Richard Greeman has given us a spirited and frank account of his life in the U.S. radical-revolutionary Left from about the time of the occupation of Columbia University in the late 1960s. As a French-speaker who lived for years in France, Greeman is also at home in discussing European politics.
Greeman’s account of his political life carries the reader along on a fast-paced and eventful journey. He has been fully engaged in political causes but is not self-righteous in recounting them. He makes no scholarly pretense of political neutrality nor does he provide alternative views on controversial issues. Nevertheless he is not narrow-minded or mean-spirited toward other viewpoints. He is simply not bashful about giving his own opinions. Throughout, Greeman serves as the focal point of the narrative except when he writes about Victor Serge.
Why am I comfortable taking events from Greeman’s vantage point? First, although he obviously enjoys advancing his own views, he does not have an inflated sense of his own importance or correctness. Second, I agree with most of his views. Third, while he has strong views, he is not tendentious.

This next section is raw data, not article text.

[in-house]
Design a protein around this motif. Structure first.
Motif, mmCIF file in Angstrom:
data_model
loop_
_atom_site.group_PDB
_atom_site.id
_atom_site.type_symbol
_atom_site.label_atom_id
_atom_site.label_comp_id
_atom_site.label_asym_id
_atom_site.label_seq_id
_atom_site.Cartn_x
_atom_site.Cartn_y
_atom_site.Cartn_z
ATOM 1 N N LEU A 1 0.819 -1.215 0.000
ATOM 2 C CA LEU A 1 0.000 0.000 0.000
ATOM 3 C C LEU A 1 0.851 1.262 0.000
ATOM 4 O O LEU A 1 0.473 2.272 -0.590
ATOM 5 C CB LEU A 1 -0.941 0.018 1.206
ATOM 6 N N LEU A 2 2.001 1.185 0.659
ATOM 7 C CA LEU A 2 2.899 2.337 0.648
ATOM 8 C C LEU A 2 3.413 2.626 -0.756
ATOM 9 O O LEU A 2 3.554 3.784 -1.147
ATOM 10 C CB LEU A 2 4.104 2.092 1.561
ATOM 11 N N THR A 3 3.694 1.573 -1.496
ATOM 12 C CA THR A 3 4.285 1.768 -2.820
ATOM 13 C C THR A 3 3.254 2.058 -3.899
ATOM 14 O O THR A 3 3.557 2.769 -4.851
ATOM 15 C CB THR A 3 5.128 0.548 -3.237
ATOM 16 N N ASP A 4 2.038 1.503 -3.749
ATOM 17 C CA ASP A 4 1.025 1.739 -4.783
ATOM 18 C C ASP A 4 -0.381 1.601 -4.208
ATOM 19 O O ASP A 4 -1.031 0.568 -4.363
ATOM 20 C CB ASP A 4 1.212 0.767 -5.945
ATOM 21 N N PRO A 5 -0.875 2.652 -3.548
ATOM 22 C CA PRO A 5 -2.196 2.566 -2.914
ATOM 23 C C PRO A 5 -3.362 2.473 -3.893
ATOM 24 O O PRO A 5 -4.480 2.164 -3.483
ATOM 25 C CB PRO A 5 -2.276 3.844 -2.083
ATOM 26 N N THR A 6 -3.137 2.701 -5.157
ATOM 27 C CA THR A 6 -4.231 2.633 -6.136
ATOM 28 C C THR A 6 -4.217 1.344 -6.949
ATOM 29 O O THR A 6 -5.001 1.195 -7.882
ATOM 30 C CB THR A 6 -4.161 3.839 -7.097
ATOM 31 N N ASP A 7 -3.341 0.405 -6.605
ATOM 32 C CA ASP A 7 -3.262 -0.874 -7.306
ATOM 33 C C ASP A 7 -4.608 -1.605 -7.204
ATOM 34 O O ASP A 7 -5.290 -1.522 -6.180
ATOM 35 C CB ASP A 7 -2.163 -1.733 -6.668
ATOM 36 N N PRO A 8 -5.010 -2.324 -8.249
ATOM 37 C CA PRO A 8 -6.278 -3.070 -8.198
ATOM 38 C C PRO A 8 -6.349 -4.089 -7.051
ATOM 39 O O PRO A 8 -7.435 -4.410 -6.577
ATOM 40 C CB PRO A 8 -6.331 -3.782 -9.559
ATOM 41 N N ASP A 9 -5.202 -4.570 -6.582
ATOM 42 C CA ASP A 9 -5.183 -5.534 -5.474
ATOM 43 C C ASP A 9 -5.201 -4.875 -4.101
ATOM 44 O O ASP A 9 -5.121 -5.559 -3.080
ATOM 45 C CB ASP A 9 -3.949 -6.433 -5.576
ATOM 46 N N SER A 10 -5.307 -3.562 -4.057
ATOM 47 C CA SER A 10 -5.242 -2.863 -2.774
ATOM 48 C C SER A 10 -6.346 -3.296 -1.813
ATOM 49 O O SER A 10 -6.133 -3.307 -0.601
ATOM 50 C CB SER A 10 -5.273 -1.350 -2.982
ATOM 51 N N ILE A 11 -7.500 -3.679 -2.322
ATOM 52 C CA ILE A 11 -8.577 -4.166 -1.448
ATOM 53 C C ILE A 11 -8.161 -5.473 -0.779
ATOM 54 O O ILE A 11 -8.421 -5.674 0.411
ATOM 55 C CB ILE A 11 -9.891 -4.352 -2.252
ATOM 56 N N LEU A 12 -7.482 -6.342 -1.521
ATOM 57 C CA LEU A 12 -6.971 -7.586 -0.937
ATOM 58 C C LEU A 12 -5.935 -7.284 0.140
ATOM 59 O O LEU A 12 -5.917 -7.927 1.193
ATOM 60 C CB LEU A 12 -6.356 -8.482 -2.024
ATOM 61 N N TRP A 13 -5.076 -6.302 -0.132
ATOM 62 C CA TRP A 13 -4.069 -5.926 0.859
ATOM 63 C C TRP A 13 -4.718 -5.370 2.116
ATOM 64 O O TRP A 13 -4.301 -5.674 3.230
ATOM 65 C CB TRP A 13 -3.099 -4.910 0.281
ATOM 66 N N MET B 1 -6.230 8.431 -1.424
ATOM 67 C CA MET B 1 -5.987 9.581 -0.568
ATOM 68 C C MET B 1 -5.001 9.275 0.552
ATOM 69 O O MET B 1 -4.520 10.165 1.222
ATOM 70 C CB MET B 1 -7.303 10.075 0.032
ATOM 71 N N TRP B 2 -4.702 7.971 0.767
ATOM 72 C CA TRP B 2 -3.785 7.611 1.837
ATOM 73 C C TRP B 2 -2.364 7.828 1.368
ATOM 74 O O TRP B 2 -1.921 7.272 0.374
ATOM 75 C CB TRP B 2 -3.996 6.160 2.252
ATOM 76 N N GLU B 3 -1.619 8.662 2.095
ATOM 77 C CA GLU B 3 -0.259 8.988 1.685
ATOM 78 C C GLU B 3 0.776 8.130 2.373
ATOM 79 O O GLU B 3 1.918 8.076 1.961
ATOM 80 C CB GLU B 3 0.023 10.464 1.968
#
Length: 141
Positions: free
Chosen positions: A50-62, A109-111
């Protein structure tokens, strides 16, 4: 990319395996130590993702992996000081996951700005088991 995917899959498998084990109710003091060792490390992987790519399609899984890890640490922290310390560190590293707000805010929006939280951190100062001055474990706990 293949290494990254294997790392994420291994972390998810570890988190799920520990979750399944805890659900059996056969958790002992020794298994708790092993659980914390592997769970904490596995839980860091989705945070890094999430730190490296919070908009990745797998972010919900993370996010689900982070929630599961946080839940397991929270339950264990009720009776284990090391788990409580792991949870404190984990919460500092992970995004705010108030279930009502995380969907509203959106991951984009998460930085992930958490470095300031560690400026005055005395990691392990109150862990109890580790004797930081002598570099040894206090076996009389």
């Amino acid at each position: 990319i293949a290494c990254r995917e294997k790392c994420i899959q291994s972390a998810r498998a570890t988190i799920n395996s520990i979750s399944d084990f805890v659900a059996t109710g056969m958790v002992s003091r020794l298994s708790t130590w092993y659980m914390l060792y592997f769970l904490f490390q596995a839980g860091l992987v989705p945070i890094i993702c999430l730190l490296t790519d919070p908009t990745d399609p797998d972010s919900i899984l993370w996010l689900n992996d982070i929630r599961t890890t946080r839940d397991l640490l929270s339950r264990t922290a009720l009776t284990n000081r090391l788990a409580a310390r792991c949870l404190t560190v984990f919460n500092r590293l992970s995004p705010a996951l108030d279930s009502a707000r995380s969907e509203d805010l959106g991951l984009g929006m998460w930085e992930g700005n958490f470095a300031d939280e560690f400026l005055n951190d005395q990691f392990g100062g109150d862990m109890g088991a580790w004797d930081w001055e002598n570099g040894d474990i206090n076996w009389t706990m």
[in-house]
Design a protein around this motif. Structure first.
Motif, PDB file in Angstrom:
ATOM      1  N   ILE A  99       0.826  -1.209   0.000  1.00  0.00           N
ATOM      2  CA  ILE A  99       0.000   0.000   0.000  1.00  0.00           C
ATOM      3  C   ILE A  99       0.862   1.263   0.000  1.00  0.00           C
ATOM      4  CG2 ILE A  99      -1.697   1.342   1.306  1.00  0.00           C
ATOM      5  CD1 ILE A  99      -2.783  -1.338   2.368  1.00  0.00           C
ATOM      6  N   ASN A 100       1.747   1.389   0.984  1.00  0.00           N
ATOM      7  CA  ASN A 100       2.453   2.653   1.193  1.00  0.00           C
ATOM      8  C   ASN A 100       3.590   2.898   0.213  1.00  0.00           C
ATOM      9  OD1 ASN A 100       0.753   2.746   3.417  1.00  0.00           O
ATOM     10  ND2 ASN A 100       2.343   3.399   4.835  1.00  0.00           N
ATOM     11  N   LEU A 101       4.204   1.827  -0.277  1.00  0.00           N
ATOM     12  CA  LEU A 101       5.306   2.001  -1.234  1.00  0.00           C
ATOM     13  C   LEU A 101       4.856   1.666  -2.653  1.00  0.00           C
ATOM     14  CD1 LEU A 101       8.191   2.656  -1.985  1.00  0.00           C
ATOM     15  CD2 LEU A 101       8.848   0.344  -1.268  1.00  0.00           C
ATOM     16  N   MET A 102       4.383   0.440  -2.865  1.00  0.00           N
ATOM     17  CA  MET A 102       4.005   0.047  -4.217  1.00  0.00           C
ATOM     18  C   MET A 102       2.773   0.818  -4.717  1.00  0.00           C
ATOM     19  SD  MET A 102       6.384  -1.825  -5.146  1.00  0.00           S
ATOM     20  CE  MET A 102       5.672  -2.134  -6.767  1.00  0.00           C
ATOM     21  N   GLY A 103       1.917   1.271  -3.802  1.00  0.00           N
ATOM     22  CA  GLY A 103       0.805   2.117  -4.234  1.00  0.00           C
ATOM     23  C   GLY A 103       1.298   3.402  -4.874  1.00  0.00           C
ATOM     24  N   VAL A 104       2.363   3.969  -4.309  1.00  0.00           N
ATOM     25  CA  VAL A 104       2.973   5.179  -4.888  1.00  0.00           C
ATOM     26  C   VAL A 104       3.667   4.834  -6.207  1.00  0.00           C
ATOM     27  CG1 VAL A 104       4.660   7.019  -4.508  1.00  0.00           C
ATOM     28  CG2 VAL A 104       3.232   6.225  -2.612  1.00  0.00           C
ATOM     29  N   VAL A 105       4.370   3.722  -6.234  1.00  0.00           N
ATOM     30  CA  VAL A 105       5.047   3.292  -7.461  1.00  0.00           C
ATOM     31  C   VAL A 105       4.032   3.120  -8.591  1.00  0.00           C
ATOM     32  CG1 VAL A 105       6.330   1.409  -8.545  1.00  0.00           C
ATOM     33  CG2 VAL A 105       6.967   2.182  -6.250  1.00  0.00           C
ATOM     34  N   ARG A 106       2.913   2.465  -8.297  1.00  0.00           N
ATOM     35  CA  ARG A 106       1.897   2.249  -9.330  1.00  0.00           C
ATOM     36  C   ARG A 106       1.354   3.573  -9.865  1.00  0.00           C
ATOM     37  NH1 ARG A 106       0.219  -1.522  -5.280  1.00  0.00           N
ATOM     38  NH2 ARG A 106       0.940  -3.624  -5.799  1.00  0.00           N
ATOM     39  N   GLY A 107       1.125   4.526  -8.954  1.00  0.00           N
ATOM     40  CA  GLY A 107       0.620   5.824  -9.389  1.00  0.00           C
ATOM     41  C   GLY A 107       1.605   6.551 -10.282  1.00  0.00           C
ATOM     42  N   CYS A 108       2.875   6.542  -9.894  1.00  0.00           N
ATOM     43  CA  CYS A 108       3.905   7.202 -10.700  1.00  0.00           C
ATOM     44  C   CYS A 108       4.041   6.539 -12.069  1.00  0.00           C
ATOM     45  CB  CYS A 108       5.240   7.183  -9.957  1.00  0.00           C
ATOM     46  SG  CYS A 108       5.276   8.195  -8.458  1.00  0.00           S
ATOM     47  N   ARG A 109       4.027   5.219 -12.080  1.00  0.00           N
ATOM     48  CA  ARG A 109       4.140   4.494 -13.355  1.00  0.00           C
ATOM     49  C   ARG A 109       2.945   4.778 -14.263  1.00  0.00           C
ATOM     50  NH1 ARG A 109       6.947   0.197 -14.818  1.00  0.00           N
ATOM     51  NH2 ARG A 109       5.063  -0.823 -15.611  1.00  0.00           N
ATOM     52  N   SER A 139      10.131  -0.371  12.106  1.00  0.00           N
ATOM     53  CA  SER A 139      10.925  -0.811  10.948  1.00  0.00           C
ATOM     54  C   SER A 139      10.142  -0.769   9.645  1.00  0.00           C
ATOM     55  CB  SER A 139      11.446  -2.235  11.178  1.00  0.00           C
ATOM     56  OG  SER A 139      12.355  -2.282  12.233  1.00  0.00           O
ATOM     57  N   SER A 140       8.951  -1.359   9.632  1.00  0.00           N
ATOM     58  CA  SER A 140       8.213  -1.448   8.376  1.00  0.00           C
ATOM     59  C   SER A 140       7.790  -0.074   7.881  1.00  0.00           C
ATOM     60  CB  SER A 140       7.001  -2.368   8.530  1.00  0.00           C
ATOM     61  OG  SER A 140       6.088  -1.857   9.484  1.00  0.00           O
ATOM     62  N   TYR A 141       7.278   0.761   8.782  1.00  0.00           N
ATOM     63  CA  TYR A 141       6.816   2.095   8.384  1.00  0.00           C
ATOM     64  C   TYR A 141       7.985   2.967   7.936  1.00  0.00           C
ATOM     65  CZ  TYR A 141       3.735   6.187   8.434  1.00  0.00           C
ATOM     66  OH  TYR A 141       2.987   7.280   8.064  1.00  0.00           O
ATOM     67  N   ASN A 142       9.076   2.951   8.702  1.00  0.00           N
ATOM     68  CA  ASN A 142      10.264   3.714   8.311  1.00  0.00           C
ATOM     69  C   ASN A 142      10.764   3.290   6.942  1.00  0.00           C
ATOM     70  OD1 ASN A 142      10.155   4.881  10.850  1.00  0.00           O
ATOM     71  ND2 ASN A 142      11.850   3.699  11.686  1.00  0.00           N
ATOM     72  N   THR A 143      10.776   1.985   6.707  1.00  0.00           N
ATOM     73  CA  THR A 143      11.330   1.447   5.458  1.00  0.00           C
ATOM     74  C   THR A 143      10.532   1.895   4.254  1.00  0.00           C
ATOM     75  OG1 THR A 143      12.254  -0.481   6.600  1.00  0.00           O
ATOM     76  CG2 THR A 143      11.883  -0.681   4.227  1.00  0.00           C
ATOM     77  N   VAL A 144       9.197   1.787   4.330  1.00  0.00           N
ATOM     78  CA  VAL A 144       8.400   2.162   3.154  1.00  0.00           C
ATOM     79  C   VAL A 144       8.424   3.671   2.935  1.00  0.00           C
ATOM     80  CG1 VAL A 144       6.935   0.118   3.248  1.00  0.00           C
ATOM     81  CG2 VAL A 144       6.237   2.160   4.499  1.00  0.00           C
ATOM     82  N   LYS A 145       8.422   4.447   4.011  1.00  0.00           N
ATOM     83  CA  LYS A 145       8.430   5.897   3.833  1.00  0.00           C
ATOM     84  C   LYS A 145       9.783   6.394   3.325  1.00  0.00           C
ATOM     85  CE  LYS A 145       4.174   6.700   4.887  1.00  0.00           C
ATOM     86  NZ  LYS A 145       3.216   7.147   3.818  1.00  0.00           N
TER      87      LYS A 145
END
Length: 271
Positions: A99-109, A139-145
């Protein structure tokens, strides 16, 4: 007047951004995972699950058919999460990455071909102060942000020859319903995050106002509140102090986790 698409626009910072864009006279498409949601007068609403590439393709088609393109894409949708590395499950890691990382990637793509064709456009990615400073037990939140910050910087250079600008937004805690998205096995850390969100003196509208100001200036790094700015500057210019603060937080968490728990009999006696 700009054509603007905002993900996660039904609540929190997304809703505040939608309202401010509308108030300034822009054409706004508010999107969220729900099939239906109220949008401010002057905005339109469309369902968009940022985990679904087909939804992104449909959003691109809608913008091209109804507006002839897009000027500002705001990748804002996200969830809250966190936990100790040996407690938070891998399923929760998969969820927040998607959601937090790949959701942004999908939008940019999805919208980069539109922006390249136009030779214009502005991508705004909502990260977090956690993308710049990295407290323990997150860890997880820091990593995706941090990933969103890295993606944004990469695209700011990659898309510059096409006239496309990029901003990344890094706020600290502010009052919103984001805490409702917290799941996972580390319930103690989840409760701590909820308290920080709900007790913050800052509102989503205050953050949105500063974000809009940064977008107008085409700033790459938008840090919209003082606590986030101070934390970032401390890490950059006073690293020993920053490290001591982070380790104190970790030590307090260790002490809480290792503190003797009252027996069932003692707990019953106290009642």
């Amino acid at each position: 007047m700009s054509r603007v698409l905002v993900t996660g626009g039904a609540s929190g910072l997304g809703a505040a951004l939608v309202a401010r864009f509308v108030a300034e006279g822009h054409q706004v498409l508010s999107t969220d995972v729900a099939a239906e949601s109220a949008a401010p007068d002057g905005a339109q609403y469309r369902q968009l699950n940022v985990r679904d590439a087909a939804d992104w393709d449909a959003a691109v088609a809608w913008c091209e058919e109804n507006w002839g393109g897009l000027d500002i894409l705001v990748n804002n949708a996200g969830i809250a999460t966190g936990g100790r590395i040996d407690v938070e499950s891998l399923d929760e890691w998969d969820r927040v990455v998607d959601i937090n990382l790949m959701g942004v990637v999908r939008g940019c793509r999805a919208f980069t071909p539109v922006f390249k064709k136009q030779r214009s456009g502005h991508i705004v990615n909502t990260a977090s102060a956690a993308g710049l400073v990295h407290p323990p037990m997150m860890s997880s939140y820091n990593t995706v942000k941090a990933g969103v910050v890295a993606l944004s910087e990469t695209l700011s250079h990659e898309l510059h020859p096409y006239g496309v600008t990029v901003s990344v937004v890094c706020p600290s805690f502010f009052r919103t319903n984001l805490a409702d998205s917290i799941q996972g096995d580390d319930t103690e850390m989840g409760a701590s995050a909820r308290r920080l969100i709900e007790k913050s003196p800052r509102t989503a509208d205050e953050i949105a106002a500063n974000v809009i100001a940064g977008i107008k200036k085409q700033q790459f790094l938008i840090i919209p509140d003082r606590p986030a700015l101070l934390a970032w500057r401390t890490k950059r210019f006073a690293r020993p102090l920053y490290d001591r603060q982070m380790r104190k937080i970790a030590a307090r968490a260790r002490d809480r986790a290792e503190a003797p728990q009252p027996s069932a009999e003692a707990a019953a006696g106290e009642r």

Greeman gives an all-too-brief account of his relationship to Raya Dunayevskaya and News and Letters. He read her Marxism and Freedom in 1960 and calls it “a seminal work establishing the underlying humanism of Marx’s philosophy as the antithesis of Stalinist Communism.”
Greeman describes his book–I believe correctly– as a “compilation of essays.” He always provides the date the essay was written, but unfortunately he does not always tell us the circumstances of its composition. While there definitely are recurring themes, the book does not have a unified, central theme. This perhaps reflects the heterogeneity of Greeman’s interests or perhaps the several loci of his life including the U.S., France and Russia.
It is rare that the author of a political tract provides biographical information that helps us understand his outlook. But Greeman does so. His family is loaded with iconoclasts and leftists. His upbringing proved especially interesting to me because of similarities to my own. Both his father and mine were left-wing public-school teachers who were supporters of Henry Wallace’s ill-fated presidential bid in 1948. Both families had to keep a low profile during the McCarthy Era when leftwing public school teachers were extremely vulnerable.
I especially enjoyed Greeman’s account of his deft handling of the redbaiting he encountered in the 6th grade: “I was labeled a ‘Communist’ during Social Studies class… I had zero idea of what a ‘Communist’ was back then (we were ‘pwogressives’ at home, but I knew the label could get me in trouble). Never at a loss for words, I instantly retorted that I was not a ‘Communist’ but a ‘commonist’ because I was ‘for the common man.’ This inspiration shut the pint-sized red-baiter’s nasty little trap, won the approval of my 11-year-old classmates, and has defined my political outlook ever since.” (p. 17)